General Antonovic sighed and nodded. ‘Then sire, do your best to avoid getting killed, or the Elector Max will achieve his aim without taking Mittenheim, for he will then be the right heir to the duchy.’




Dawn found Serge’s brigade already climbing the slopes up out of the Alauthendaal. He looked back at the dark ranks of the column behind him as the sun began to light up the slope of the valley. By the time he reached the crest of the slope the sun had cleared the horizon, and the Vahnensee below glinted in the morning light, the myriad waterfowl that made their home there circling in huge flocks above the waters.

‘Time to start making some haste,’ he commented to Mehmed. ‘We’ll take this track down to the lakeside at whatever speed we can and then let the horses take water and rest, but only briefly.’

‘It’s towards those rounded grey hills we’re heading, yes?’ asked the pasha.

‘That’s right. The Eberstenwald. The wolds march directly westward and join the ridge north of the city of Mittenheim.’

The Turk pondered the hills, and grunted meditatively. He had adopted Western uniform other than his chelengk, the bejewelled spray taken from his turban which took the place of the black and white cockade of Ruritania in other hats. It had been returned to him by favour of the prince and permission of Andreas Wittig.

Mehmed had rather taken to the uniform of a Ruritanian general officer, and so had got Serge to have a version of the major general’s made for him to wear around court, though without the insignia. It had amused Prince Henry a lot when he wore it about the palace, though not his generals. When Serge had commented on this, Mehmed had snorted in reply ‘So far as I can work out the equivalences of rank, I’m entitled to the uniform of the full general. They should appreciate my modesty more.’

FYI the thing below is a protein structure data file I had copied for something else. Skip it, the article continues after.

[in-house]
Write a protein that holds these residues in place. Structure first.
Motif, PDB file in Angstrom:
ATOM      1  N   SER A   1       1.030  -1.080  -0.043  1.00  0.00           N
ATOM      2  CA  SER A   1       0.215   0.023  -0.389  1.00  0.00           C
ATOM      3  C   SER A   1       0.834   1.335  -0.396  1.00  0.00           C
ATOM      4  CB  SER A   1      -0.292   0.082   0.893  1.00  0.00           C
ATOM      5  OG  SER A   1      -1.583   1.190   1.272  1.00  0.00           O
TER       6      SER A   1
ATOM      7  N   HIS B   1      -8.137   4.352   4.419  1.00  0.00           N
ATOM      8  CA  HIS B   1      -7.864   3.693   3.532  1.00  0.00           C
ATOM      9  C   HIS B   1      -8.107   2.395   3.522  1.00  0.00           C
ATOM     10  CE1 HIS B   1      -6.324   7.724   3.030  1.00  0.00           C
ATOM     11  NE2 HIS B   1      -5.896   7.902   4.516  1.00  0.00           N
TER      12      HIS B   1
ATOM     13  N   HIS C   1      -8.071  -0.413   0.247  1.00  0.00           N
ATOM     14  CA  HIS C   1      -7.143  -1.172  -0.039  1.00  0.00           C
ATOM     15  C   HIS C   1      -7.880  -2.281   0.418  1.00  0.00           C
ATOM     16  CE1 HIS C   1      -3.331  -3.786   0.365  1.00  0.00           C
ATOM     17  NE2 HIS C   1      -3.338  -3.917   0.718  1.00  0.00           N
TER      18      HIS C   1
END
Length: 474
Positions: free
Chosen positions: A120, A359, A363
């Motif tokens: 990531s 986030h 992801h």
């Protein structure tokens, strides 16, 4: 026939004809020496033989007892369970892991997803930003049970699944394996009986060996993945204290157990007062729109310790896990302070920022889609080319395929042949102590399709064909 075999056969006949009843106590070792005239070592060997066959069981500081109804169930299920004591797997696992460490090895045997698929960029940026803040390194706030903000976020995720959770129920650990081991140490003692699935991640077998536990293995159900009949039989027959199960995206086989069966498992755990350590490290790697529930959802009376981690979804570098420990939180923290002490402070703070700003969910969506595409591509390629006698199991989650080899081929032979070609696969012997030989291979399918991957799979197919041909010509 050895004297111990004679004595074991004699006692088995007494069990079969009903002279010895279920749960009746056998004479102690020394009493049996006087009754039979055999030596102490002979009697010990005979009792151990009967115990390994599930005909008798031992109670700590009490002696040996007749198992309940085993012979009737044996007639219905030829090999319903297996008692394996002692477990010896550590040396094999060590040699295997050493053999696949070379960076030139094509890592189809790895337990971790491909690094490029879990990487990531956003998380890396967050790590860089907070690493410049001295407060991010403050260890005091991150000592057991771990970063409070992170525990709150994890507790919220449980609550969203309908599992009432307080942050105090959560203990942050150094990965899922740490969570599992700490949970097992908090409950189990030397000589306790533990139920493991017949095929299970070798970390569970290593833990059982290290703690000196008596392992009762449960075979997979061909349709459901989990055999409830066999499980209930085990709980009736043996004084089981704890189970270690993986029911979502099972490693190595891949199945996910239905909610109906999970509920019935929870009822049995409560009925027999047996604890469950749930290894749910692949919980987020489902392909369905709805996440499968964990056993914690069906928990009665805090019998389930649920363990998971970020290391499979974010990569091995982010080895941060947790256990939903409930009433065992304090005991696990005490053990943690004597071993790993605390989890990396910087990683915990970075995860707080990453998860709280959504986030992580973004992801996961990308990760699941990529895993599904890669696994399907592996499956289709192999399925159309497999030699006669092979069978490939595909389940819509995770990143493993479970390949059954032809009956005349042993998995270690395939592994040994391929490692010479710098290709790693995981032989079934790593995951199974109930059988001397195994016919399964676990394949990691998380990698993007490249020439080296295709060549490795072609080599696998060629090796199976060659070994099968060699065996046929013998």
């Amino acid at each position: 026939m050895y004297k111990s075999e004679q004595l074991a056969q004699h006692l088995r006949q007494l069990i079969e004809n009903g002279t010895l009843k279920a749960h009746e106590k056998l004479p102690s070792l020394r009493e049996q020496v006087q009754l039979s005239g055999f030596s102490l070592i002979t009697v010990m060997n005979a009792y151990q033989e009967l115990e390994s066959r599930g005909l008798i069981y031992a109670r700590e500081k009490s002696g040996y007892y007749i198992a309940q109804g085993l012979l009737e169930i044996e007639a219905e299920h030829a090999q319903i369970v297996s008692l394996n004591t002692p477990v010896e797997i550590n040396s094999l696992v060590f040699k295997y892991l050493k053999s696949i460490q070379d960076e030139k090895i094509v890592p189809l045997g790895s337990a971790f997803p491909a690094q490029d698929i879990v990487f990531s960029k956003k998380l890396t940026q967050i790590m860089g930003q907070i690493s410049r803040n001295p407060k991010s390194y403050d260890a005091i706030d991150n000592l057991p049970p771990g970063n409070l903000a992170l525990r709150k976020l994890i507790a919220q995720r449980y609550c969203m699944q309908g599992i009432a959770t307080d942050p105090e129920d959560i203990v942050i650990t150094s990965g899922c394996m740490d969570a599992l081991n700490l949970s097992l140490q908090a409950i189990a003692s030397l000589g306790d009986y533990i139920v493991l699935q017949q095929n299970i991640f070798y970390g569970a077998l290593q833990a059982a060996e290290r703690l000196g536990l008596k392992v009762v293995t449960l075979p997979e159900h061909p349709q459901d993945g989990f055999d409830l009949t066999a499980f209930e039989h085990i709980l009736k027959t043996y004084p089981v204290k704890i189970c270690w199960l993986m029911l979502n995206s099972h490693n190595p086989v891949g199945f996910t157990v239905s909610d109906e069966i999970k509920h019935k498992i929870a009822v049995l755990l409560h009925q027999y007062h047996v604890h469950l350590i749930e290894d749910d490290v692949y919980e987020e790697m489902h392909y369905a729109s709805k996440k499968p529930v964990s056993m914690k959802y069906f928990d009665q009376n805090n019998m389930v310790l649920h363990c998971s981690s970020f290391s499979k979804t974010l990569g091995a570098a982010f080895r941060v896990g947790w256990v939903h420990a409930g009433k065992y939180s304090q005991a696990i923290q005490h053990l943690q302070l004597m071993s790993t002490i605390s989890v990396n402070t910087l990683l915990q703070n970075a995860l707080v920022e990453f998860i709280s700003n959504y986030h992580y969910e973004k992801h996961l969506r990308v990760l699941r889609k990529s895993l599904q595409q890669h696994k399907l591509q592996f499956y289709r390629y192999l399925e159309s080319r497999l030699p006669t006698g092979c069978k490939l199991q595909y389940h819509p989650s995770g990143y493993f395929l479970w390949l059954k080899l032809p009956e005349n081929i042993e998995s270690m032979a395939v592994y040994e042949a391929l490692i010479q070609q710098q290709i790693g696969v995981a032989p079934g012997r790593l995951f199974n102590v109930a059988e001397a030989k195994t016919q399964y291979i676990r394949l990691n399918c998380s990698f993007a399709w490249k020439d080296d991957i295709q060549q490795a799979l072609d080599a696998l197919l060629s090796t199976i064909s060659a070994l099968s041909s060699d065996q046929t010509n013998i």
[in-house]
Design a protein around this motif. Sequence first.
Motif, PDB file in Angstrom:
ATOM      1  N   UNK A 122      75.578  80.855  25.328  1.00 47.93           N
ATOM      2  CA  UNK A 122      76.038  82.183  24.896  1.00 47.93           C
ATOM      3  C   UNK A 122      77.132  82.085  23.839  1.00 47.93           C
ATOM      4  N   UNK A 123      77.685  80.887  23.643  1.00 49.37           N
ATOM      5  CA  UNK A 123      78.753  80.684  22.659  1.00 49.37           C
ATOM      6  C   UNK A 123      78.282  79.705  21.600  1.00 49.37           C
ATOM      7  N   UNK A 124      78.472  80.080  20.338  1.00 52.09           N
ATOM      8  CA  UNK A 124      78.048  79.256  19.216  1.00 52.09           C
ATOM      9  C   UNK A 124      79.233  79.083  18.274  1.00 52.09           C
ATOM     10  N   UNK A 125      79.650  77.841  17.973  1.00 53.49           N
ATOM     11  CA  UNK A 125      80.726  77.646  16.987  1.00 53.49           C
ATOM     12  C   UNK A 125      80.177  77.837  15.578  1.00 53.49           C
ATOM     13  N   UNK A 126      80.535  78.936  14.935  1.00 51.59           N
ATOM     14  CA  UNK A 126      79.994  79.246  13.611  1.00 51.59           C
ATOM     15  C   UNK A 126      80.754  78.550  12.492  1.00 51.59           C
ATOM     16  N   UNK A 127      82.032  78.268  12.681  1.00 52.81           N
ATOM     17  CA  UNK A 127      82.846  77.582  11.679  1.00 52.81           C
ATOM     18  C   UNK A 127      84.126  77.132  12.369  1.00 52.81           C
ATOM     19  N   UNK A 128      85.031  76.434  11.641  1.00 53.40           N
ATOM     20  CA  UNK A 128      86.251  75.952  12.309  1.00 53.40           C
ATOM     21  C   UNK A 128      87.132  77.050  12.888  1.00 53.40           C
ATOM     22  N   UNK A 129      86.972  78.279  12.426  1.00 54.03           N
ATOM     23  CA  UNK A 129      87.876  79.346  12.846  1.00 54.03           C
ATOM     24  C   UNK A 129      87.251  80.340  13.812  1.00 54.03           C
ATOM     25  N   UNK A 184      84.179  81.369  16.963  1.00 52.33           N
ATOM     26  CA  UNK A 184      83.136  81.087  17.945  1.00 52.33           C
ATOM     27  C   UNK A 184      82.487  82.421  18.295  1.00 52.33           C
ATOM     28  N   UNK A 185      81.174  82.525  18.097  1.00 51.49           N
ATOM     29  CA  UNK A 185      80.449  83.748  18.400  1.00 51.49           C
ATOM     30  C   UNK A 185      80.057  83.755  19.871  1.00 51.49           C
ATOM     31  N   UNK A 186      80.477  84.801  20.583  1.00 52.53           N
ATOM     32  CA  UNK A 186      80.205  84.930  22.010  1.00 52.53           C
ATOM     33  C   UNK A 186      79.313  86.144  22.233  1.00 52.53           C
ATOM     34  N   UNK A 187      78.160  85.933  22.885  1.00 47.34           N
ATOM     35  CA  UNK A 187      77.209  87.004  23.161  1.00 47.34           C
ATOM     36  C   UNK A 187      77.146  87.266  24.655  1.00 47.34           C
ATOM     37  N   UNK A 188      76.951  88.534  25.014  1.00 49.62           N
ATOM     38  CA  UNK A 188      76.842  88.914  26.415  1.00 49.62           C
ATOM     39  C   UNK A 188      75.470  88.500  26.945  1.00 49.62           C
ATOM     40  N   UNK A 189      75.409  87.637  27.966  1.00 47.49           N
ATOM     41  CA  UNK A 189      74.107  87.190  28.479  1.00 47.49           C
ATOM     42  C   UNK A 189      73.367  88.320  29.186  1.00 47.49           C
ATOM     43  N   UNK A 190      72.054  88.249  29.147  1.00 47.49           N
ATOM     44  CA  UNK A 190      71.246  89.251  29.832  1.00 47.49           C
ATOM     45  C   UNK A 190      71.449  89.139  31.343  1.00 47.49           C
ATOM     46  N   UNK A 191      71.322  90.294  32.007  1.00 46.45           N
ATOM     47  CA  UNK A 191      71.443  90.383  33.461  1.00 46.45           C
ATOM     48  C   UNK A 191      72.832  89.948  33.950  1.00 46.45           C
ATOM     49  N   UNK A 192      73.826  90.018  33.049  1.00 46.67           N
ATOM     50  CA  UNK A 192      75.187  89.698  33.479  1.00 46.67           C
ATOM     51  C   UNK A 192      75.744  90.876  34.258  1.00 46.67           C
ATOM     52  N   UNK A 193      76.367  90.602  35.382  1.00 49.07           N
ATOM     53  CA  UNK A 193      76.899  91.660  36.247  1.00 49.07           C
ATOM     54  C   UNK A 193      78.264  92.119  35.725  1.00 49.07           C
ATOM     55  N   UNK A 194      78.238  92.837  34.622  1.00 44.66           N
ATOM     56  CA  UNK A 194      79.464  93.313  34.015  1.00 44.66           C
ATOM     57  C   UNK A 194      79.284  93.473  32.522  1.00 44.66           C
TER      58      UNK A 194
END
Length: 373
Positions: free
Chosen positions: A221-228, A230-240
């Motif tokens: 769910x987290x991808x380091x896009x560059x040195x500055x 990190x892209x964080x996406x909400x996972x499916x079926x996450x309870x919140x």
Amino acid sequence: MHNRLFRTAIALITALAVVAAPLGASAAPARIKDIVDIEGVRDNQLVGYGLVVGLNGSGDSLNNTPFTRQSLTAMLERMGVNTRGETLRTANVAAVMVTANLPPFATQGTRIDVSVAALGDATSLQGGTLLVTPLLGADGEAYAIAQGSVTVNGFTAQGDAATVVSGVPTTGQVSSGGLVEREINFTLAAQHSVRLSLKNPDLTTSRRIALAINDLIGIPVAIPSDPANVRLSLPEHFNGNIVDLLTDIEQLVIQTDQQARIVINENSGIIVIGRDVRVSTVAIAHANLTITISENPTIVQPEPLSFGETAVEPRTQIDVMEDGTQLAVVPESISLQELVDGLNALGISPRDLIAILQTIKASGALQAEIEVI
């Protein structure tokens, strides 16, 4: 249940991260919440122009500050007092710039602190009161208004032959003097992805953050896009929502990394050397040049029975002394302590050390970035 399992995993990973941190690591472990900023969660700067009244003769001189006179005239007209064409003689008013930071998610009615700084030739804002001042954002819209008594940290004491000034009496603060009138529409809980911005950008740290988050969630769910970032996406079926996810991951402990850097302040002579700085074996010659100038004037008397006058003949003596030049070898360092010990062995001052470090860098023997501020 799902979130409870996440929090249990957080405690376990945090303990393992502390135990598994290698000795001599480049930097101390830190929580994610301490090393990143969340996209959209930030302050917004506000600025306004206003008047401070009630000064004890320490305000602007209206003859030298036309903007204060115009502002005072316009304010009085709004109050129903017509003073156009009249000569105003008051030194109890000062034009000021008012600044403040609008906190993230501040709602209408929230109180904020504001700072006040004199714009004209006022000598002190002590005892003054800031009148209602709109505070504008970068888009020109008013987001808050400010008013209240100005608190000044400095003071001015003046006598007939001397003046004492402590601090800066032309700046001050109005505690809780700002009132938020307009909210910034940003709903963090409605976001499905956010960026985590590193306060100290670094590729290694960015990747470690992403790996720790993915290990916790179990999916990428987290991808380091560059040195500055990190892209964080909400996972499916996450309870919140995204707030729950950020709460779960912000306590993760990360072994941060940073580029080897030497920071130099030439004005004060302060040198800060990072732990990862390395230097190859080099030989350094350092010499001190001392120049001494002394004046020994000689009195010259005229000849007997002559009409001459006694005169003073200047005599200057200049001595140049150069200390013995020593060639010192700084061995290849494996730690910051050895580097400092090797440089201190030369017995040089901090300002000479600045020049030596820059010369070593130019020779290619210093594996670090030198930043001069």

The great column crested the wolds before mid morning. It was clear weather, with small clouds scudding in the wind from the west, blowing in their faces. Swelling green slopes lay before them.

Karl, riding at the rear of the Prinzengarde with his left arm stiffly bound to his side, asked Brunhild how she and her people liked this land, and received a pleased response approving the springy turf beneath their hoofs and the freedom to gallop under an open sky. As they climbed the first ridge and he looked back down on the Vahnensee, a subdued grumbling roar reached his ear. Karl was by now experienced in military life, and had no difficulty recognising the sound of a cannonade ahead of them in the blue distance.

Copyright © 2020 Mike Arram; All Rights Reserved.

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Karl terrified Dudley, who thought he was Jonas. Thank goodness it was a small caliber gun.

I hope Serge's plan of reaching the battle works. Henry's going to need all the help he can get.

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The story is very exciting and one of my favorites characters is Brunhild . I hope that she survives the battles.I didn`t know the meaning of "chevaux de frise" so looked it up and it means portable barriers holding spikes ,blades and other nasty sharp things to block cavalry charges .Very nasty!